As you already know, iOS comes with its own mobile web browser made by Apple, named Safari. There’s not that much you can really expect from a mobile web browser, and Safari seems to be doing a very good job at fulfilling its main role. However, if you use it on a daily basis, you’ll probably agree when I say that something feels quite limited with this edition of Safari, and in some ways it is clearly visible that it’s made to imitate its desktop counterpart instead of creating a true mobile experience. I am talking about very subtle differences between this and other browsers, which you can see only if you’ve used extensively other popular iOS browsers like Chrome or Dolphin.
Once you start searching the iOS App Store for a new web browser, one of the first suggestions are going to be Chrome and Dolphin, as two leading applications which are free to download. There are also some paid applications, which are not as popular. In this article we are going to take a deeper look at Dolphin, which is surely one of those underestimated iOS apps.
As we said earlier, Dolphin is completely free and you can download its iPhone and iPad versions separately. This means that in this article you’ll get a chance to find out more about its iPhone version, which comes with some unique and very interesting features. Dolphin’s iPad version is a bit different, and we’ll write about it in a separate review.
Once you open Dolphin for the first time you’ll be greeted with a very interestingly designed interface, which is very different than Safari’s. On the top you’ll see green-colored URL bar as well as Bookmarks and Home buttons. The main portion of the screen is dedicated to already accessible Google search, and dial buttons for Facebook, Twitter, YouTube, and some other services. These dial buttons are there to easily get you to your favorite websites, so you’ll only need two taps to get to your Facebook profile or to read the latest news. It’s also important to note that default Google search can be switched to another search provider in Dolphin’s settings.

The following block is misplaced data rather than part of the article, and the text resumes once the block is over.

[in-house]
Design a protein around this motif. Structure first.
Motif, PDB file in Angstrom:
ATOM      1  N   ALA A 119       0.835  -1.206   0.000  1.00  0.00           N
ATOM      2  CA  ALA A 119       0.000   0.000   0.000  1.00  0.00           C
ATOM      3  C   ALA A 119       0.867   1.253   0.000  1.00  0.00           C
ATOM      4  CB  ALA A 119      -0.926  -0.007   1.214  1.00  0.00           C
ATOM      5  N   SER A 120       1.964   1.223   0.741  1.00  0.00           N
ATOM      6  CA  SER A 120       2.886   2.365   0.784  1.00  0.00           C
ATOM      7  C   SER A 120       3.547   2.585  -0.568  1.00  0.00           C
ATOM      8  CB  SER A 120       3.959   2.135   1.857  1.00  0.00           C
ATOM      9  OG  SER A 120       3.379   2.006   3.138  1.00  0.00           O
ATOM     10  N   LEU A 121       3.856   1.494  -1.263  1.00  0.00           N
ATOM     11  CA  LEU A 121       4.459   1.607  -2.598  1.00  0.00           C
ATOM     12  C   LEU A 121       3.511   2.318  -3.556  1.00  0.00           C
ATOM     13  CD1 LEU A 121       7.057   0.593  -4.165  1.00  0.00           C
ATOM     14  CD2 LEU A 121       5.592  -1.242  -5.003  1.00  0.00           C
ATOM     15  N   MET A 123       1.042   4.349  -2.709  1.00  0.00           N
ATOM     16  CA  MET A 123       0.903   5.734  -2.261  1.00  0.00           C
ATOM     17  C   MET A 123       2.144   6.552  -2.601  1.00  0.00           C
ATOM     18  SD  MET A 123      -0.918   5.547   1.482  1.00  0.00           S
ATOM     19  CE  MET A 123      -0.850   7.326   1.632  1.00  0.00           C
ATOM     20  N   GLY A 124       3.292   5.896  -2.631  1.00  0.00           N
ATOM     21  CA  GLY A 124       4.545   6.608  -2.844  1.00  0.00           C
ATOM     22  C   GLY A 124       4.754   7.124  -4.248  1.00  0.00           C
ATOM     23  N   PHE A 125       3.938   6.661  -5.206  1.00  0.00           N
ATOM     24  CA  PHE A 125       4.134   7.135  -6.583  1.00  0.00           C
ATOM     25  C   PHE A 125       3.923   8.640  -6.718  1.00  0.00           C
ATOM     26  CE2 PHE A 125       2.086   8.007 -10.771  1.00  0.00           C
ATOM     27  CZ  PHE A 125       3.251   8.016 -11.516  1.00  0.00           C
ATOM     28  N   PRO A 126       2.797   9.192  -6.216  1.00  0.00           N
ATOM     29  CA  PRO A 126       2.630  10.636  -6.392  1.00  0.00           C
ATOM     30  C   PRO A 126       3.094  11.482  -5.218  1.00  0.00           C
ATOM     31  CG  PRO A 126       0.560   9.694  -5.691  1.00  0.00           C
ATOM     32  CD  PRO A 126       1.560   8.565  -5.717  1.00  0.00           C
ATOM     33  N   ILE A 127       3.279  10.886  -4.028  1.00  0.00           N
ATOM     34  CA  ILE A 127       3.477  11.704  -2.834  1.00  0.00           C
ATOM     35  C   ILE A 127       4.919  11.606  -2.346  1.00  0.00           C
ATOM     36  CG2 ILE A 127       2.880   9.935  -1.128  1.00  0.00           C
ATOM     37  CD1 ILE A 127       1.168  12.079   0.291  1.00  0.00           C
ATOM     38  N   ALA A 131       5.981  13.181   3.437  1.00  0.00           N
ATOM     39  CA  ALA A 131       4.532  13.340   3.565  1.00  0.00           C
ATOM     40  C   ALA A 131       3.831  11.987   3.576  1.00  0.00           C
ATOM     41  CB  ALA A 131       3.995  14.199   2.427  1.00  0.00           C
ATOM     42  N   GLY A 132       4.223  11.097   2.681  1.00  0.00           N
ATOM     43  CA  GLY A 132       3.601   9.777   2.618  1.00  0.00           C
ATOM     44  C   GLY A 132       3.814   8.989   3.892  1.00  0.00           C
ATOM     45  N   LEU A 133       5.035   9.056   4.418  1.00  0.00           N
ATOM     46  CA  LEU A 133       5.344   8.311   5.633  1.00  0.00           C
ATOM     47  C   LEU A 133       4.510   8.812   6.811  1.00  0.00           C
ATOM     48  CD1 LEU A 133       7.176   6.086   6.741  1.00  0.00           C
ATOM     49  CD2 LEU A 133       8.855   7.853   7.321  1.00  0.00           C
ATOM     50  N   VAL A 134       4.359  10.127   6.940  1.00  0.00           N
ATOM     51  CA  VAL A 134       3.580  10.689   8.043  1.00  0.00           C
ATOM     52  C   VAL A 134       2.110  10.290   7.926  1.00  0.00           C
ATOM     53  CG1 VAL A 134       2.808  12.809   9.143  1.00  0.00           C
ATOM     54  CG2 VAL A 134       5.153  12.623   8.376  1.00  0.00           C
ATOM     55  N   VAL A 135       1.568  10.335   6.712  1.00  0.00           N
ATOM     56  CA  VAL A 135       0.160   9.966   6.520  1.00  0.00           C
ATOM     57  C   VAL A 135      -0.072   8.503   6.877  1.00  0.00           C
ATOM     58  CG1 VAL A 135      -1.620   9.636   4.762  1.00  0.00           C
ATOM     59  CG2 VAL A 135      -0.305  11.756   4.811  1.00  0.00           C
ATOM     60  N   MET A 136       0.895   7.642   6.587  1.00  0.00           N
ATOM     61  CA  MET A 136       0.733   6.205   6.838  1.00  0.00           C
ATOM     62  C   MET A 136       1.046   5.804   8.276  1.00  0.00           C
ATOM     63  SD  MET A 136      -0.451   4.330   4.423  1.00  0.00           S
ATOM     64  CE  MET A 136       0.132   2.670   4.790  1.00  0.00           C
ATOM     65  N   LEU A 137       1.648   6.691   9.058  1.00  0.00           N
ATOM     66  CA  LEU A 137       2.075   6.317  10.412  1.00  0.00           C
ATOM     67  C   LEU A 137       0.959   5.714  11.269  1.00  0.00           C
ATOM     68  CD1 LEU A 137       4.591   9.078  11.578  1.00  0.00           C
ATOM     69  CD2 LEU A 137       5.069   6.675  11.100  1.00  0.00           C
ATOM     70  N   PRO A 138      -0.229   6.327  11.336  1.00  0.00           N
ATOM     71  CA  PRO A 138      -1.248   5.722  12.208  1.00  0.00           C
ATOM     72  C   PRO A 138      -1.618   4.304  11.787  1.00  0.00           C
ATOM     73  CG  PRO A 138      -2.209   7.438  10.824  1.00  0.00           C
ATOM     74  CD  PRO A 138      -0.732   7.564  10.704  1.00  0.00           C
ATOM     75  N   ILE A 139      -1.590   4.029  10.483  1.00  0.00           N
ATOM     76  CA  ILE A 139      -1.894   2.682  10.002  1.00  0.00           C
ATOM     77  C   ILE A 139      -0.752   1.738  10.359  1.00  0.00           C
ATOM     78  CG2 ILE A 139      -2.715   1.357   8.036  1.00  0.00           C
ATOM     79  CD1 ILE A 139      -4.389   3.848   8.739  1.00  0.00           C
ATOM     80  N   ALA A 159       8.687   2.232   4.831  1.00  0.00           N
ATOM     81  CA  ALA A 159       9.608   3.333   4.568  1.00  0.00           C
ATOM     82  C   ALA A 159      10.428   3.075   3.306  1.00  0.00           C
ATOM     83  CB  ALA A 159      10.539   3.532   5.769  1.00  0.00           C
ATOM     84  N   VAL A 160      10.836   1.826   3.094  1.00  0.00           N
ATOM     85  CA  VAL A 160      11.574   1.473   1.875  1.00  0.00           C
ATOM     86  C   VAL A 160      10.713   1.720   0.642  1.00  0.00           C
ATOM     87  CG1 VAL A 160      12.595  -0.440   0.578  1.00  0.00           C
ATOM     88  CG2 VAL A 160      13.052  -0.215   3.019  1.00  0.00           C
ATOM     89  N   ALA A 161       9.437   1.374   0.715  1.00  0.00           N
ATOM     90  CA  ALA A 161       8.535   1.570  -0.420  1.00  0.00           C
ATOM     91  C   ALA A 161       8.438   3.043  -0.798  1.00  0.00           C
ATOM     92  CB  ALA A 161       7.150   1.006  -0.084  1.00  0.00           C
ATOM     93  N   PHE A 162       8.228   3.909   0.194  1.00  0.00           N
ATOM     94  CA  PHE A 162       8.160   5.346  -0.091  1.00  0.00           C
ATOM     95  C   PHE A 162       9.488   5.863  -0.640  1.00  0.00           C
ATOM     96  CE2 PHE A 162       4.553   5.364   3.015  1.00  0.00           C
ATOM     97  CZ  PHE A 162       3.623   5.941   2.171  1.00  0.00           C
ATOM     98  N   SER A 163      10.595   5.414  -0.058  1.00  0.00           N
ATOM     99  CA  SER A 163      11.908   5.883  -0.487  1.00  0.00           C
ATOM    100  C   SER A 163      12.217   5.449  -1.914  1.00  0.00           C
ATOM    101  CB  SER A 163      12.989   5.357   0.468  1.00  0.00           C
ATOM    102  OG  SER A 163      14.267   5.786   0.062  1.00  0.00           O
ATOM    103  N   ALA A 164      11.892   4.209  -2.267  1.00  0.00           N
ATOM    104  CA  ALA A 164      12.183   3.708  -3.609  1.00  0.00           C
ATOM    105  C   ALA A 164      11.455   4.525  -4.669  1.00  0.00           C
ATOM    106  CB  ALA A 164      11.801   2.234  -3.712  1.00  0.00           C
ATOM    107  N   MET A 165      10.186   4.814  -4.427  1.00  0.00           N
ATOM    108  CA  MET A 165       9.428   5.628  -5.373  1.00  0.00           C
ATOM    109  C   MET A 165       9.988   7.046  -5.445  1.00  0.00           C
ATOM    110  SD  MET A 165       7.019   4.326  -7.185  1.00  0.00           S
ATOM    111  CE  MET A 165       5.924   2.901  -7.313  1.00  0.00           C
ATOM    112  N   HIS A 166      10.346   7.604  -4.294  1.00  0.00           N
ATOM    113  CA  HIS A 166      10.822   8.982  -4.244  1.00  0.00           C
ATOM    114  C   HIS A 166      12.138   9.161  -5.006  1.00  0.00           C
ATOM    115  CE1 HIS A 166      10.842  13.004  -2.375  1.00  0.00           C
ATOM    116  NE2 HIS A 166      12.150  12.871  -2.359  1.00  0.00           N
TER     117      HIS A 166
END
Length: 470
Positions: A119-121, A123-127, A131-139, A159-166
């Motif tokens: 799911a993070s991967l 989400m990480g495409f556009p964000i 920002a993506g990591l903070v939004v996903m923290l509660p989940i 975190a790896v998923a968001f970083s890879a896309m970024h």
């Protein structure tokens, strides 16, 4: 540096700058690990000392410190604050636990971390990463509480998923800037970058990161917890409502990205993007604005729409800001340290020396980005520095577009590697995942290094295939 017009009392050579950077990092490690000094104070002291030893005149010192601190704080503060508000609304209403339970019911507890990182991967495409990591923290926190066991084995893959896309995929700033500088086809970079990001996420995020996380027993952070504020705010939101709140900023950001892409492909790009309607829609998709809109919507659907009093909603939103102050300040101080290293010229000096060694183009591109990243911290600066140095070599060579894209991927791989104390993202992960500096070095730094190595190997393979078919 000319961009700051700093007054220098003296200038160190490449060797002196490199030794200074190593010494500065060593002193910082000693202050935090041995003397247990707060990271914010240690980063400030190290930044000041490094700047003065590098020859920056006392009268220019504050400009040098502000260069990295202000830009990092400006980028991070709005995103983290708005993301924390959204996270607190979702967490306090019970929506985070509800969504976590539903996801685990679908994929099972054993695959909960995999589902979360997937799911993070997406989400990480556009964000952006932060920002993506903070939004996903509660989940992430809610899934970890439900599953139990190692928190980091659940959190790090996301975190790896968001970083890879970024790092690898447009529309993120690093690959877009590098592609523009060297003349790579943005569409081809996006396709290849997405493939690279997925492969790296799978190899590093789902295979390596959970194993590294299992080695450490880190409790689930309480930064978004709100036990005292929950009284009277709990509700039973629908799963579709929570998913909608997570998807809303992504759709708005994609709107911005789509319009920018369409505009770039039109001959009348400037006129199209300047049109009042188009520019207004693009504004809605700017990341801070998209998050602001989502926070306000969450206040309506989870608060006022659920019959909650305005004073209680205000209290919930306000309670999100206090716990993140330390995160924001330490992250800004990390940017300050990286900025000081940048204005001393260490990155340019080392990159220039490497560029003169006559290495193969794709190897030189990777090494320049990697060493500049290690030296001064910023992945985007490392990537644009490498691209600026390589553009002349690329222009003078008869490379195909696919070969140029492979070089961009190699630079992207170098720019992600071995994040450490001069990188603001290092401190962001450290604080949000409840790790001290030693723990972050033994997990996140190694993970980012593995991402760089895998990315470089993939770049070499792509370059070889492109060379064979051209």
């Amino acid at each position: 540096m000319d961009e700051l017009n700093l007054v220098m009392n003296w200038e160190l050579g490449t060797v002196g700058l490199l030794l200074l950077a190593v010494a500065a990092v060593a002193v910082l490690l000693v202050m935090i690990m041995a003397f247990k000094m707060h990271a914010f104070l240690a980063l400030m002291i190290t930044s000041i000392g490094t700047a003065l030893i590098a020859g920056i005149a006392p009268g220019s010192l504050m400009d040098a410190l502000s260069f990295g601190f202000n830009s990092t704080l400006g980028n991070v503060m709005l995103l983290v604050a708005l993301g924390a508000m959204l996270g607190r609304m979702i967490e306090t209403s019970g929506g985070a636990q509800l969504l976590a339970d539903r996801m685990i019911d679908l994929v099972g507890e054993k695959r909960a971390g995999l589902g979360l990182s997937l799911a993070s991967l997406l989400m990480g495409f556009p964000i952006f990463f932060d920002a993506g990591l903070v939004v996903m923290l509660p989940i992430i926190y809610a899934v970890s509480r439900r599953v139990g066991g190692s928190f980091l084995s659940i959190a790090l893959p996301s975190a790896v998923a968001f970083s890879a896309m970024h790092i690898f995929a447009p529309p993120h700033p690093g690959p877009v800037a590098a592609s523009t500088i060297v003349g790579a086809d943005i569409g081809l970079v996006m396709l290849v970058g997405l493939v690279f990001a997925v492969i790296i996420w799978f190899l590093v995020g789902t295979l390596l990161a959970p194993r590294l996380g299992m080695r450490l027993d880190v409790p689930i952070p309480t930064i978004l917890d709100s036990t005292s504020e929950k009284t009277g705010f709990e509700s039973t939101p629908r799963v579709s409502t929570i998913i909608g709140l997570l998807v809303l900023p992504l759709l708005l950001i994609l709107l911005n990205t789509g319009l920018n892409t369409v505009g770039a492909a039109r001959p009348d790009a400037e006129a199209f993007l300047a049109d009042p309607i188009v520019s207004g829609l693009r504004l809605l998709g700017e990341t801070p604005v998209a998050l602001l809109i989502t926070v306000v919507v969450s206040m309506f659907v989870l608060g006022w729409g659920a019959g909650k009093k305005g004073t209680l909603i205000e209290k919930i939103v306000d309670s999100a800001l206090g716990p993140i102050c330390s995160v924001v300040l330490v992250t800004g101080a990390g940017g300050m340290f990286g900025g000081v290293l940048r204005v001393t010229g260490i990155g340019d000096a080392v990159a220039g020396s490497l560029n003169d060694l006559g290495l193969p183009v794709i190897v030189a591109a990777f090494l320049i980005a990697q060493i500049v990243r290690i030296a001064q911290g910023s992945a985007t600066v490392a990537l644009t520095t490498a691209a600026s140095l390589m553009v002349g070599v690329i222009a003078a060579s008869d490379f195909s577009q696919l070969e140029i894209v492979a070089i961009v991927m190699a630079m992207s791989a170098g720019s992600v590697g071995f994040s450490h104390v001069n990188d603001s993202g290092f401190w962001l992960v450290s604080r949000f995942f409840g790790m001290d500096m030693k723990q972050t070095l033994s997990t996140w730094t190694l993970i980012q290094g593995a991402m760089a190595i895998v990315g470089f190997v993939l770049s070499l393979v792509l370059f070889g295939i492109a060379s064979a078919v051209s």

One of the most interesting things about Dolphin is that it allows you to use custom gestures for certain operations. For example, simply write “V” across the screen and you’ll go the bottom of page. Or you can write “G” for Google, or “T” for Twitter. You can actually create unlimited number of custom gestures, so you can use your own gesture to open a new tab, show history, or even to clear the cache.
We first mentioned some of Dolphin’s unique features, but you can also expect many other standard web browser features like tabbed browsing, ability to share pages over social networks (and services like Evernote and Box), and similar.
There are a lot of things to like about Dolphin, and the truth is that it will be hard to switch to Safari or Chrome after you try this browser. Very clean UI, excellent performance, and abundance of interesting features have won me over, so I highly recommend this app.